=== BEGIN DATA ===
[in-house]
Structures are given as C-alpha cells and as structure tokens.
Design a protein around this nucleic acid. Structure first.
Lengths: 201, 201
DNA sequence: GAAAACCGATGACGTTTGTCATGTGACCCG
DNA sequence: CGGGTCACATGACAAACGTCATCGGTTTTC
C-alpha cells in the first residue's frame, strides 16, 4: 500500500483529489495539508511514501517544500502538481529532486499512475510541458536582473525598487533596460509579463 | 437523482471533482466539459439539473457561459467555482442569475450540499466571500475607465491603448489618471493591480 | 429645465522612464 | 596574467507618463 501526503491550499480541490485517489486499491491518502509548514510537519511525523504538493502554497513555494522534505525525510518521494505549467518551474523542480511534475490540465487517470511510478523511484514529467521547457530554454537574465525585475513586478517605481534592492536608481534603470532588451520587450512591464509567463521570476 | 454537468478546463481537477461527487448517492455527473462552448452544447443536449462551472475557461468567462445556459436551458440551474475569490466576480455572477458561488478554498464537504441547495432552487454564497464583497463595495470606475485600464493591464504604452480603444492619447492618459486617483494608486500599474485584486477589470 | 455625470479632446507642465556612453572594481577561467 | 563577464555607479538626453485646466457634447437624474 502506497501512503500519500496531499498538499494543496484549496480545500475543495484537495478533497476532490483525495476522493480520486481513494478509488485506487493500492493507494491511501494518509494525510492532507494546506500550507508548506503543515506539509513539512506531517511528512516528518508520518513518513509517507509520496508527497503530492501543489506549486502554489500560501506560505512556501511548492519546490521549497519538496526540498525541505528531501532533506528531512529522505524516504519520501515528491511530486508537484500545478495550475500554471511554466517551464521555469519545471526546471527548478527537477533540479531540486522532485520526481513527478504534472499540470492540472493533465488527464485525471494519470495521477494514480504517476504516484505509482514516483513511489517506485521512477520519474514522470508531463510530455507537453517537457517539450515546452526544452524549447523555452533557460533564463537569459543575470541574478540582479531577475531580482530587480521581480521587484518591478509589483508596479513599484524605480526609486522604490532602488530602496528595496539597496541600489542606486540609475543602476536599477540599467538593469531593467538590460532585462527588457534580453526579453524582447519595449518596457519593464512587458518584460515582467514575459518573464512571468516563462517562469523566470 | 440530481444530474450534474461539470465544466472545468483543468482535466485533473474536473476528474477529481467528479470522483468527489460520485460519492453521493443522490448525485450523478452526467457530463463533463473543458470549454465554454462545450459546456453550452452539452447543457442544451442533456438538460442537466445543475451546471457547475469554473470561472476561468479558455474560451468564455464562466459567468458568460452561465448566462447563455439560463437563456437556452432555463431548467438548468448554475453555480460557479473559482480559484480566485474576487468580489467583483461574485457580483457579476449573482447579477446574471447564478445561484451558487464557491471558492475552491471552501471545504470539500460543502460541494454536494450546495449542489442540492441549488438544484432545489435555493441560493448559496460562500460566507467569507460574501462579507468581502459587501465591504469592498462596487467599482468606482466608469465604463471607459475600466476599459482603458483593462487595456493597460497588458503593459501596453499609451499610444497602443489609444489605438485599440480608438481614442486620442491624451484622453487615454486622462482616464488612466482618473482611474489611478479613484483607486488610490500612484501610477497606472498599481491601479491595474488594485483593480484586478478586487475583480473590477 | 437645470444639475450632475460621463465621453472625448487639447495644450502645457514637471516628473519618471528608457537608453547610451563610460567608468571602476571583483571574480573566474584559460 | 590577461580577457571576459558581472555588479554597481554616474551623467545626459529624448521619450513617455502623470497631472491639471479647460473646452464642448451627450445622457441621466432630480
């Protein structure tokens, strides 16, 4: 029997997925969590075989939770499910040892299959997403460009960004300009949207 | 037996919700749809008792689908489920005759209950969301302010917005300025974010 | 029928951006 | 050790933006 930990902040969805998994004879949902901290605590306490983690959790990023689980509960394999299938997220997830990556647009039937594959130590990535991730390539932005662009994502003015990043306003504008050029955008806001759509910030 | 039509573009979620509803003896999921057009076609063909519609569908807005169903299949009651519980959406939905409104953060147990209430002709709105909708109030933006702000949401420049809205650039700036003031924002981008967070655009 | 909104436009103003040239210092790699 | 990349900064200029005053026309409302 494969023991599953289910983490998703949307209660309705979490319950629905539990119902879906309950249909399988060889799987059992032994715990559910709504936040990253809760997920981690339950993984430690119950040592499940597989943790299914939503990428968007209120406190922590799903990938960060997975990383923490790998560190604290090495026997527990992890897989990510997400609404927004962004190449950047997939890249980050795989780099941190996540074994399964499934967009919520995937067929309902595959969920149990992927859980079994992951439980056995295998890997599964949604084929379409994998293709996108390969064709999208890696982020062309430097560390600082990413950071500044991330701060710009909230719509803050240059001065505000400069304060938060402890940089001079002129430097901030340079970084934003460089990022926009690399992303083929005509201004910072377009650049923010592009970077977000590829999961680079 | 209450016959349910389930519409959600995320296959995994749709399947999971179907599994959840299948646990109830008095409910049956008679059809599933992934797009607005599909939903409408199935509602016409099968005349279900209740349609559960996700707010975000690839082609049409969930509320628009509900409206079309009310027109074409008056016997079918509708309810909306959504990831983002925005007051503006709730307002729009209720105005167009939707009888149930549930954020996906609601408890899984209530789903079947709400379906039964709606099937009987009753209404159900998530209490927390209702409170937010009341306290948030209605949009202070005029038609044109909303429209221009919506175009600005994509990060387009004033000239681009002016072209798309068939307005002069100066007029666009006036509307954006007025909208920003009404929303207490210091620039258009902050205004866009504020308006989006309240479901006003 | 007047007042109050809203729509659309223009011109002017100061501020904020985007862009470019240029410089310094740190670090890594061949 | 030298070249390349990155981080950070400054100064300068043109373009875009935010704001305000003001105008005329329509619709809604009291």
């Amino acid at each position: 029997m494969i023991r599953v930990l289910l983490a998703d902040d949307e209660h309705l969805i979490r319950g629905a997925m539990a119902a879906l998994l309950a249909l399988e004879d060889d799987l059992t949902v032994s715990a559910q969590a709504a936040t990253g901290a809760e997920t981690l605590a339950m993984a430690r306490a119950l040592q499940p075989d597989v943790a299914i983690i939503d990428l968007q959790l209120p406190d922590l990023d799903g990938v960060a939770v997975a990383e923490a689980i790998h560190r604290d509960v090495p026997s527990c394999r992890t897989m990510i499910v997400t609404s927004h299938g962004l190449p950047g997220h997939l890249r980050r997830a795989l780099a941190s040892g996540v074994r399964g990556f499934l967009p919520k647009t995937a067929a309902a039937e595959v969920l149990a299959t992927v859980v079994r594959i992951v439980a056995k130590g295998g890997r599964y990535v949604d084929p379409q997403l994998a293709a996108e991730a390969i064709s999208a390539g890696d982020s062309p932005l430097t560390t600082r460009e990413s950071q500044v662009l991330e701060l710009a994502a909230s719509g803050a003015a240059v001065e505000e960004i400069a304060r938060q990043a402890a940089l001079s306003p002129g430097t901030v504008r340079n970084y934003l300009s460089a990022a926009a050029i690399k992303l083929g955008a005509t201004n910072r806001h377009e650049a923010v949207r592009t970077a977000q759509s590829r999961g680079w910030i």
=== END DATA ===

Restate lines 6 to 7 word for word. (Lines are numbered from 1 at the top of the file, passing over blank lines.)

DNA sequence: CGGGTCACATGACAAACGTCATCGGTTTTC
C-alpha cells in the first residue's frame, strides 16, 4: 500500500483529489495539508511514501517544500502538481529532486499512475510541458536582473525598487533596460509579463 | 437523482471533482466539459439539473457561459467555482442569475450540499466571500475607465491603448489618471493591480 | 429645465522612464 | 596574467507618463 501526503491550499480541490485517489486499491491518502509548514510537519511525523504538493502554497513555494522534505525525510518521494505549467518551474523542480511534475490540465487517470511510478523511484514529467521547457530554454537574465525585475513586478517605481534592492536608481534603470532588451520587450512591464509567463521570476 | 454537468478546463481537477461527487448517492455527473462552448452544447443536449462551472475557461468567462445556459436551458440551474475569490466576480455572477458561488478554498464537504441547495432552487454564497464583497463595495470606475485600464493591464504604452480603444492619447492618459486617483494608486500599474485584486477589470 | 455625470479632446507642465556612453572594481577561467 | 563577464555607479538626453485646466457634447437624474 502506497501512503500519500496531499498538499494543496484549496480545500475543495484537495478533497476532490483525495476522493480520486481513494478509488485506487493500492493507494491511501494518509494525510492532507494546506500550507508548506503543515506539509513539512506531517511528512516528518508520518513518513509517507509520496508527497503530492501543489506549486502554489500560501506560505512556501511548492519546490521549497519538496526540498525541505528531501532533506528531512529522505524516504519520501515528491511530486508537484500545478495550475500554471511554466517551464521555469519545471526546471527548478527537477533540479531540486522532485520526481513527478504534472499540470492540472493533465488527464485525471494519470495521477494514480504517476504516484505509482514516483513511489517506485521512477520519474514522470508531463510530455507537453517537457517539450515546452526544452524549447523555452533557460533564463537569459543575470541574478540582479531577475531580482530587480521581480521587484518591478509589483508596479513599484524605480526609486522604490532602488530602496528595496539597496541600489542606486540609475543602476536599477540599467538593469531593467538590460532585462527588457534580453526579453524582447519595449518596457519593464512587458518584460515582467514575459518573464512571468516563462517562469523566470 | 440530481444530474450534474461539470465544466472545468483543468482535466485533473474536473476528474477529481467528479470522483468527489460520485460519492453521493443522490448525485450523478452526467457530463463533463473543458470549454465554454462545450459546456453550452452539452447543457442544451442533456438538460442537466445543475451546471457547475469554473470561472476561468479558455474560451468564455464562466459567468458568460452561465448566462447563455439560463437563456437556452432555463431548467438548468448554475453555480460557479473559482480559484480566485474576487468580489467583483461574485457580483457579476449573482447579477446574471447564478445561484451558487464557491471558492475552491471552501471545504470539500460543502460541494454536494450546495449542489442540492441549488438544484432545489435555493441560493448559496460562500460566507467569507460574501462579507468581502459587501465591504469592498462596487467599482468606482466608469465604463471607459475600466476599459482603458483593462487595456493597460497588458503593459501596453499609451499610444497602443489609444489605438485599440480608438481614442486620442491624451484622453487615454486622462482616464488612466482618473482611474489611478479613484483607486488610490500612484501610477497606472498599481491601479491595474488594485483593480484586478478586487475583480473590477 | 437645470444639475450632475460621463465621453472625448487639447495644450502645457514637471516628473519618471528608457537608453547610451563610460567608468571602476571583483571574480573566474584559460 | 590577461580577457571576459558581472555588479554597481554616474551623467545626459529624448521619450513617455502623470497631472491639471479647460473646452464642448451627450445622457441621466432630480